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How to format Date and Time strings with vanilla JavaScript

Today’s article is adapted from my new Vanilla JS Shorts on the Internationalization API.

Yesterday, we looked at how to get Date values with JavaScript. Today, we’re going to learn how to format date and time strings.

Let’s dig in!

The Intl.DateTimeFormat Object

The Intl.DateTimeFormat object can be used to format Date objects into a variety of string outputs. You can use the new Intl.DateTimeFormat() constructor to create a new Intl.DateTimeFormat object.

Pass in the locale to use, either as a string or array of strings.

There are a variety of acceptable formats for the locale:

  • A two-digit string. For example, en for English.
  • A tag and subtag. For example en-US for United States English or en-GB for Great Britain English.
  • Multiple subtags. For example, de-CH-1996 for the modern Swiss variant of German.

You can find a full list of tags and subtags on the IANA Language Subtag Registry.

// Create a new Intl.DateTimeFormat object
let formatter = new Intl.DateTimeFormat('en-US');

Formatting Options

The new Intl.DateTimeFormat() constructor also accepts an optional second argument, an object of options that define how the Date should be formatted.

You can mix-and-match them, or use none of them. If the dateStyle or timeStyle properties are defined, they can be used with each other but not with any other options.

// Define how the Date should be formatted
let formatter = new Intl.DateTimeFormat('en-US', {

	// The formatting style to use for the date
	// Can be used with timeStyle, but not with other options
	// 'full' (default), 'long', 'medium', 'short'
	dateStyle: 'full',

	// The formatting style to use for the time
	// Can be used with dateStyle, but not with other options
	// 'full' (default), 'long', 'medium', 'short'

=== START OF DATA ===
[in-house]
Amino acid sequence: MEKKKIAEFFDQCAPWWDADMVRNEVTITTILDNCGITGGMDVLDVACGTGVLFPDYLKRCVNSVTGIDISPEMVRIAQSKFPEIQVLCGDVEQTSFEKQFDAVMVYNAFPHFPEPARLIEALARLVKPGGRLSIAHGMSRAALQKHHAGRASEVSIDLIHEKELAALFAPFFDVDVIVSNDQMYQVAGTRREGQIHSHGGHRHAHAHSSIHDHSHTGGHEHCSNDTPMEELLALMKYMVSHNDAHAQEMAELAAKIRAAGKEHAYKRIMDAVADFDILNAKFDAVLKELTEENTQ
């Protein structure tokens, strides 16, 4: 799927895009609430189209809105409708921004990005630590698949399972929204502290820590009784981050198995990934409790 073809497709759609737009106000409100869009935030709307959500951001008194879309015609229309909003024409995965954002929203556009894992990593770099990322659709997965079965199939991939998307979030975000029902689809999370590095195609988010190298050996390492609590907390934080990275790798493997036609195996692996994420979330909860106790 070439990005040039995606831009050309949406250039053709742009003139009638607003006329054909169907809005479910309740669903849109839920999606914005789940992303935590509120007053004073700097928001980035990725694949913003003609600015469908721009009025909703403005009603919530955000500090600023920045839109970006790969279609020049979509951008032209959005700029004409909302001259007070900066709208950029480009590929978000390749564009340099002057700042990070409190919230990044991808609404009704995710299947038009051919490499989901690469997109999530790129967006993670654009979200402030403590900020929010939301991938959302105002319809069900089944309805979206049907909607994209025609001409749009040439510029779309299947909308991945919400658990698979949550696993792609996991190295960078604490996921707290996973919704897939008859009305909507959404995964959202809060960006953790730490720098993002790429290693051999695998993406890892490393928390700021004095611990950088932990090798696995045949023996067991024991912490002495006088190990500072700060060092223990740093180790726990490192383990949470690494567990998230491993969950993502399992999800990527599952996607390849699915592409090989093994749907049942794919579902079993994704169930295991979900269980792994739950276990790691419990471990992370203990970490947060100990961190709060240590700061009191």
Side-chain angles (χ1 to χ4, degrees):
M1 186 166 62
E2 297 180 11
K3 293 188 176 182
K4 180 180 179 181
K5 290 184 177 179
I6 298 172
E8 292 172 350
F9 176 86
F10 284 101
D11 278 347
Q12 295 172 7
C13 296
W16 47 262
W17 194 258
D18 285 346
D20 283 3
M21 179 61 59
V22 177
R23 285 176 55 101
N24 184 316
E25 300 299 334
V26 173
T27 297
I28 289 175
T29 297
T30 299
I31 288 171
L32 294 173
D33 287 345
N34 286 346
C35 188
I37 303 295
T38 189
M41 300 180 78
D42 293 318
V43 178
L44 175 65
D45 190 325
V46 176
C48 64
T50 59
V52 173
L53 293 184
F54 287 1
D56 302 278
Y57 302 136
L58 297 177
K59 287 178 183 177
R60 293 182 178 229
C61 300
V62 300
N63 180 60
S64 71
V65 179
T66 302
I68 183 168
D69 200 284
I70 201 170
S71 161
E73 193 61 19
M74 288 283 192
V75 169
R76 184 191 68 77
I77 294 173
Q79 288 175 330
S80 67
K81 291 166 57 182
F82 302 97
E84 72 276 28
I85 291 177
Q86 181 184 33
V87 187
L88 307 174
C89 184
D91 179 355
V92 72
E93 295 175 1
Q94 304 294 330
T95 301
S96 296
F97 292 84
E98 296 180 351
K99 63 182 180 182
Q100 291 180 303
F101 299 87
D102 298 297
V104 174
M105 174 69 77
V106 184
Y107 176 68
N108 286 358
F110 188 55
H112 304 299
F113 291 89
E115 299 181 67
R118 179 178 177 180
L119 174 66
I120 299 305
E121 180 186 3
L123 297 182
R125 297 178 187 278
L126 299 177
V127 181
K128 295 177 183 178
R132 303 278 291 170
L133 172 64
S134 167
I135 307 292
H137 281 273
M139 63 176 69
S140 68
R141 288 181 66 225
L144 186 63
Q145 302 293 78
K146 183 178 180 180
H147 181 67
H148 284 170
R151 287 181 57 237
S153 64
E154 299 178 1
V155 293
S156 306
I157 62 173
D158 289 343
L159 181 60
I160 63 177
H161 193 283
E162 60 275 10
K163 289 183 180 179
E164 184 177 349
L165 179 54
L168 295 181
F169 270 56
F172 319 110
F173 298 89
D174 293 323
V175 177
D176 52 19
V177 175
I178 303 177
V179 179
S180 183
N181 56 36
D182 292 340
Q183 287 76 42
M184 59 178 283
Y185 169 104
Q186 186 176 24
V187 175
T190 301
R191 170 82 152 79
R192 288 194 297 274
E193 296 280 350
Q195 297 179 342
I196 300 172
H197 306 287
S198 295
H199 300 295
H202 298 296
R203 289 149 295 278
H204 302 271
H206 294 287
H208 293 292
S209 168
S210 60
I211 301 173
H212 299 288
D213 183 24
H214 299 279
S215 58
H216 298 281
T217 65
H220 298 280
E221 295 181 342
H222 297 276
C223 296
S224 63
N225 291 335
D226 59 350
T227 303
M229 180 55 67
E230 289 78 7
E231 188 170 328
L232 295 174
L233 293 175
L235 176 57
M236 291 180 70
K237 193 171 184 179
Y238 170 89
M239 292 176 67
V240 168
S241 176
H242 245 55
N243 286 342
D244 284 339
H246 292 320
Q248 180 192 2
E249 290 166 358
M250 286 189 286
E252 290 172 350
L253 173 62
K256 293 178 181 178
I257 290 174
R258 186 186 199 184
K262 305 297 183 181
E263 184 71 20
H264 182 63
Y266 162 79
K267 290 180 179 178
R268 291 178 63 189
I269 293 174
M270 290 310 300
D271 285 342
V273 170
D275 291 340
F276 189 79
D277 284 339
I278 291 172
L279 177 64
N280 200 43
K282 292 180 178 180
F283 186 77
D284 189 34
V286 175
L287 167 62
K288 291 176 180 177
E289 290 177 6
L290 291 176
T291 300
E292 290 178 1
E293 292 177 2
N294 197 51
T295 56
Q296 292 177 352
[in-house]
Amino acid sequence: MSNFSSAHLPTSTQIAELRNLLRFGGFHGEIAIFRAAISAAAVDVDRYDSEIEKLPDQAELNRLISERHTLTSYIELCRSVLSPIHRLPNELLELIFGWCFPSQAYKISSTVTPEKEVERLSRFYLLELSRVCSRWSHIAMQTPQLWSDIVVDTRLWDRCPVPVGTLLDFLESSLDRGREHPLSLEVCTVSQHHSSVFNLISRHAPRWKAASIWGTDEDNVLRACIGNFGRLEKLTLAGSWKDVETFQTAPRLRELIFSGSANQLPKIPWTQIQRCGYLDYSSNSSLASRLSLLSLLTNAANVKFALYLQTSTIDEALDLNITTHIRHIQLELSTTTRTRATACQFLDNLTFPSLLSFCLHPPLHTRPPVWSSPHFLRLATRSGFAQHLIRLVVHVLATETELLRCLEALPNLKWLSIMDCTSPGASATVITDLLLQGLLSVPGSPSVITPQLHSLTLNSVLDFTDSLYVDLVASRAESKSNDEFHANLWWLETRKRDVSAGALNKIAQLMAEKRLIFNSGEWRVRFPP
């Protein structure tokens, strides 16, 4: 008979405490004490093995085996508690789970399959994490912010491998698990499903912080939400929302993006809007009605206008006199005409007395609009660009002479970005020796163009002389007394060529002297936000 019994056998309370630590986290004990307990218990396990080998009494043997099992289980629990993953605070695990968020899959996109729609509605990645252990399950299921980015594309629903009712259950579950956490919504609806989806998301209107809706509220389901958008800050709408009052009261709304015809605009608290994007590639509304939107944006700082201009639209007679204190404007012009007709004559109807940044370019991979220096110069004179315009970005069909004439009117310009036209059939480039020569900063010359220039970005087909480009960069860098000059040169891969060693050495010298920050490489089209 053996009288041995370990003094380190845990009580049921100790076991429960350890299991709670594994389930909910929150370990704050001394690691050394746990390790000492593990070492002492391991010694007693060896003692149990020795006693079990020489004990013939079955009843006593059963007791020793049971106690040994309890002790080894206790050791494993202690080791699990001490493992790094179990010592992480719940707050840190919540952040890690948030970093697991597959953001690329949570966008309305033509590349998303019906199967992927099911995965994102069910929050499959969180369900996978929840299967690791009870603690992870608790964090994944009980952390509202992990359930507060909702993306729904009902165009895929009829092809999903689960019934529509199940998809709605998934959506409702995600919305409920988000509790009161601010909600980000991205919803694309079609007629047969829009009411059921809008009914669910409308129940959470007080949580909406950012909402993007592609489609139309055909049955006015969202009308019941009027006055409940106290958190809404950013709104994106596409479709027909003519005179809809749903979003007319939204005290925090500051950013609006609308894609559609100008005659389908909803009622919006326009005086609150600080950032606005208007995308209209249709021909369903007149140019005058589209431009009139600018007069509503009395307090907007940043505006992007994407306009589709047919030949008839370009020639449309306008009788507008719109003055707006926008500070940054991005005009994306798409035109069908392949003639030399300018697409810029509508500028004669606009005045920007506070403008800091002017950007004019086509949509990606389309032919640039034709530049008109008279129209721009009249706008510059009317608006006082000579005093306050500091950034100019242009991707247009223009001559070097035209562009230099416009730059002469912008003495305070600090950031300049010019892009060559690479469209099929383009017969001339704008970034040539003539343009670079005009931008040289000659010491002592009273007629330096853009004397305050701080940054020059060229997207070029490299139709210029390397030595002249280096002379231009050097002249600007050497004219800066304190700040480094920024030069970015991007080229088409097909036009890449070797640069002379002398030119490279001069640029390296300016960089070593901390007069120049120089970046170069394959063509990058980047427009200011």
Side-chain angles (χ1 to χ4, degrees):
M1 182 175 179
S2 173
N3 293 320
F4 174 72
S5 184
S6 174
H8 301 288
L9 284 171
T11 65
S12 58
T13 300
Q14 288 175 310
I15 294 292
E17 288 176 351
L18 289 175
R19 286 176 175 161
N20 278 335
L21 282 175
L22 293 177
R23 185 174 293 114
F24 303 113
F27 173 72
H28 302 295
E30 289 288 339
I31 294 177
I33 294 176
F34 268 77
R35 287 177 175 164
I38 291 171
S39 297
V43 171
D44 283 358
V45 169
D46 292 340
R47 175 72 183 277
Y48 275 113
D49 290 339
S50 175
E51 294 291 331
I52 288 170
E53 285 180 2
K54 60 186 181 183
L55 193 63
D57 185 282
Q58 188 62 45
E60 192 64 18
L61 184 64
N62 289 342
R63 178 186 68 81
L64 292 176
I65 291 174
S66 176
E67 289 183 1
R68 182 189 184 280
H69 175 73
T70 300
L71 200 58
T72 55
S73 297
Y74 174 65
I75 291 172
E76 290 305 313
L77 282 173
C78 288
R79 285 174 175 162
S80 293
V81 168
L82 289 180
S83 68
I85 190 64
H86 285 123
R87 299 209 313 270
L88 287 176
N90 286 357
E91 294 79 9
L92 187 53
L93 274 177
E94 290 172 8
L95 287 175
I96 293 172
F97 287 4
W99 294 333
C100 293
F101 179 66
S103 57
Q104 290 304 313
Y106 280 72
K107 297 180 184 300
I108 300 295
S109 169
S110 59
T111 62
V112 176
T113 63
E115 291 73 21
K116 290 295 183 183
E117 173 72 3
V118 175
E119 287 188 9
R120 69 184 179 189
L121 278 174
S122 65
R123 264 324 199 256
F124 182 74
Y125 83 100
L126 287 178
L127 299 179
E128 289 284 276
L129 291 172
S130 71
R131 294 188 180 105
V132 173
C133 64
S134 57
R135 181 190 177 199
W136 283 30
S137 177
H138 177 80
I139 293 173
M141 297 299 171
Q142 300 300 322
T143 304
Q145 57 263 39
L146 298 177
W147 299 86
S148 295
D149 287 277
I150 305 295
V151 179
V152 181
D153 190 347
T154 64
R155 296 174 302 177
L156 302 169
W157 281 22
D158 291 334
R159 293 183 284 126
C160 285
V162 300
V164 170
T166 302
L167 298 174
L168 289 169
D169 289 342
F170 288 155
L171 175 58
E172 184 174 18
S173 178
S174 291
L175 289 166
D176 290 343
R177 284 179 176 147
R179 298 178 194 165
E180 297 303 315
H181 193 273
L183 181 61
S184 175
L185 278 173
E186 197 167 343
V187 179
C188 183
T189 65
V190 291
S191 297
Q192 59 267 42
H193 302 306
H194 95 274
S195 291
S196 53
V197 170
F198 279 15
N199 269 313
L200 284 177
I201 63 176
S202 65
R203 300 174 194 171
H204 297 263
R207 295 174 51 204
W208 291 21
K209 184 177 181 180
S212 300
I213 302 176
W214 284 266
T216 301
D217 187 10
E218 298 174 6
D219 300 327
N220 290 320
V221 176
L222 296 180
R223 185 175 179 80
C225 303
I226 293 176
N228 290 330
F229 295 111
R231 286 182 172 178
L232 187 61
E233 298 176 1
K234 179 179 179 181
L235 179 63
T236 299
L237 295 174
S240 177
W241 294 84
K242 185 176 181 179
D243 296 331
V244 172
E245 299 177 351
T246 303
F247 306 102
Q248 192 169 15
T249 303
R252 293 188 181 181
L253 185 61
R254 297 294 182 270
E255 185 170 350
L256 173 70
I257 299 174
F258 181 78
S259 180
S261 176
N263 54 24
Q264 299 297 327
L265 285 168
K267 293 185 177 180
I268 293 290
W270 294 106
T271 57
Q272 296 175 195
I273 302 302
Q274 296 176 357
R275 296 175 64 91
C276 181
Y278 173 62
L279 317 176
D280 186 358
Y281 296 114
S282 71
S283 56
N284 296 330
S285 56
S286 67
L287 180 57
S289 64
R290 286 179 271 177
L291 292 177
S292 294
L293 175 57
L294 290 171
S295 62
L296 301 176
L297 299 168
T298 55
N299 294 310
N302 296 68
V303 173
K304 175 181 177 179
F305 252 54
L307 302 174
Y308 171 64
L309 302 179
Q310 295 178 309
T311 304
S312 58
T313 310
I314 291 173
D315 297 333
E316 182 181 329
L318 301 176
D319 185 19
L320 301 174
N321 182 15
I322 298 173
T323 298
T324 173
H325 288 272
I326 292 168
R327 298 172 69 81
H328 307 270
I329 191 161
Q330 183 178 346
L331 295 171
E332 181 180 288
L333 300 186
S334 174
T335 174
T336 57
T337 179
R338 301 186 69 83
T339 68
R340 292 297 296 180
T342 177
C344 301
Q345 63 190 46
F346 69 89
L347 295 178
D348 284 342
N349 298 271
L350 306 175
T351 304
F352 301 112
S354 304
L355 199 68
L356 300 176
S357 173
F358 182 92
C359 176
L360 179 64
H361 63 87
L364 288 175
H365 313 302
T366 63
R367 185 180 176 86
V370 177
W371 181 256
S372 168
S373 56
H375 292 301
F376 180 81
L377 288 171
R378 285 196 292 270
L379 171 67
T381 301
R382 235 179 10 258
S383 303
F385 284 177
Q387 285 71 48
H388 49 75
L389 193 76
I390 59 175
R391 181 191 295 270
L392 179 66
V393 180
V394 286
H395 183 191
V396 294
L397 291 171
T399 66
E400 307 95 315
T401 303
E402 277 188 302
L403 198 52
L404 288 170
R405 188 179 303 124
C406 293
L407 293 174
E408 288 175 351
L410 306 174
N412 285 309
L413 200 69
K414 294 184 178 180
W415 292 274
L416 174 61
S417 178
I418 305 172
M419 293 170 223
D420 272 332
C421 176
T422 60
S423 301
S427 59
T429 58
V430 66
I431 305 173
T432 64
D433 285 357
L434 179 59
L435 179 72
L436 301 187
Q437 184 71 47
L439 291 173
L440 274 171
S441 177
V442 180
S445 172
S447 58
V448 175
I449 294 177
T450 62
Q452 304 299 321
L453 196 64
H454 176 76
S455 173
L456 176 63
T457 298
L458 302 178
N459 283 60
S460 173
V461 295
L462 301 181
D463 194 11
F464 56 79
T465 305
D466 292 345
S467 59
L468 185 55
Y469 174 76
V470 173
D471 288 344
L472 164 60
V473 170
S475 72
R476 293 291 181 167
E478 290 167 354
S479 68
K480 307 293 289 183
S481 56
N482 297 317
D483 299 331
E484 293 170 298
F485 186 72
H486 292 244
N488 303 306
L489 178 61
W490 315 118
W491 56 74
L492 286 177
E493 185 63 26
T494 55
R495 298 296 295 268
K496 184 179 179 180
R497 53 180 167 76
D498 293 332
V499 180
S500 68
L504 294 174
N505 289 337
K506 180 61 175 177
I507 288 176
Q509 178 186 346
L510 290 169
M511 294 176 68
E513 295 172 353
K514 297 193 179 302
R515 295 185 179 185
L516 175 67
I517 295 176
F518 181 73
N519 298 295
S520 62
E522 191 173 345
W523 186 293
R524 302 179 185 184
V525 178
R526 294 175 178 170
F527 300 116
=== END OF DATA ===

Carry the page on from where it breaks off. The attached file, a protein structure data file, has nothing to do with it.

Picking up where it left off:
timeStyle: 'full',

	// If true, use 12-hour clock
	// Default is locale dependent
	hour12: true,

	// How to format the time of day (am, morning, etc.)
	// Only works if a 12-hour clock is used
	// 'narrow', 'short', or 'long'
	dayPeriod: 'narrow',

	// How to format the day of the week
	// 'long' ("Thursday"), 'short' ("Thu"), 'narrow' ("T")
	weekday: 'long',

	// How to format the era
	// 'long' ("Anno Domini"), 'short' ("AD"), 'narrow' ("A")
	era: 'short',

	// How to format the year
	// 'numeric' ("2023"), '2-digit' ("23")
	year: 'numeric',

	// How to format the month
	// 'numeric' ("3"), '2-digit' ("03"), 'long' ("March"), 'short' ("Mar"), 'narrow' ("M")
	month: 'long',

	// How to format the day of the month
	// 'numeric' ("1"), '2-digit' ("01")
	day: 'numeric',

	// How to format the hour of day
	// 'numeric', '2-digit'
	hour: 'numeric',

	// How to format the minutes
	// 'numeric', '2-digit'
	minute: 'numeric',

	// How to format the seconds
	// 'numeric', '2-digit'
	second: 'numeric',

	// Number of digits to include for fractions of second
	// 0 to 3
	fractionalSecondDigits: 0,

	// How to format the timezone
	// 'long' ("Eastern Standard Time"), 'short' ("EST"), 'shortOffset' ("GMT-5"), 'longOffset' ("GMT-0500"), 'shortGeneric' ("ET"), 'longGeneric' ("Eastern Time")
	timeZoneName: 'short'


Actually formatting the Date object into a string

Once you have an Intl.DateTimeFormat object with your formatting options defined, you can run the format() method on it, and pass in your Date object as an argument.

// Create an Intl.DateTimeFormat object
let formatter = new Intl.DateTimeFormat('en-US', {
	dateStyle: 'medium',
	timeStyle: 'short' 

// Create a Date object
let date = new Date('2023-10-31T22:00:00');

// Format a Date to a string
// returns "Oct 31, 2023, 10:00 PM"
let halloween = formatter.format(date);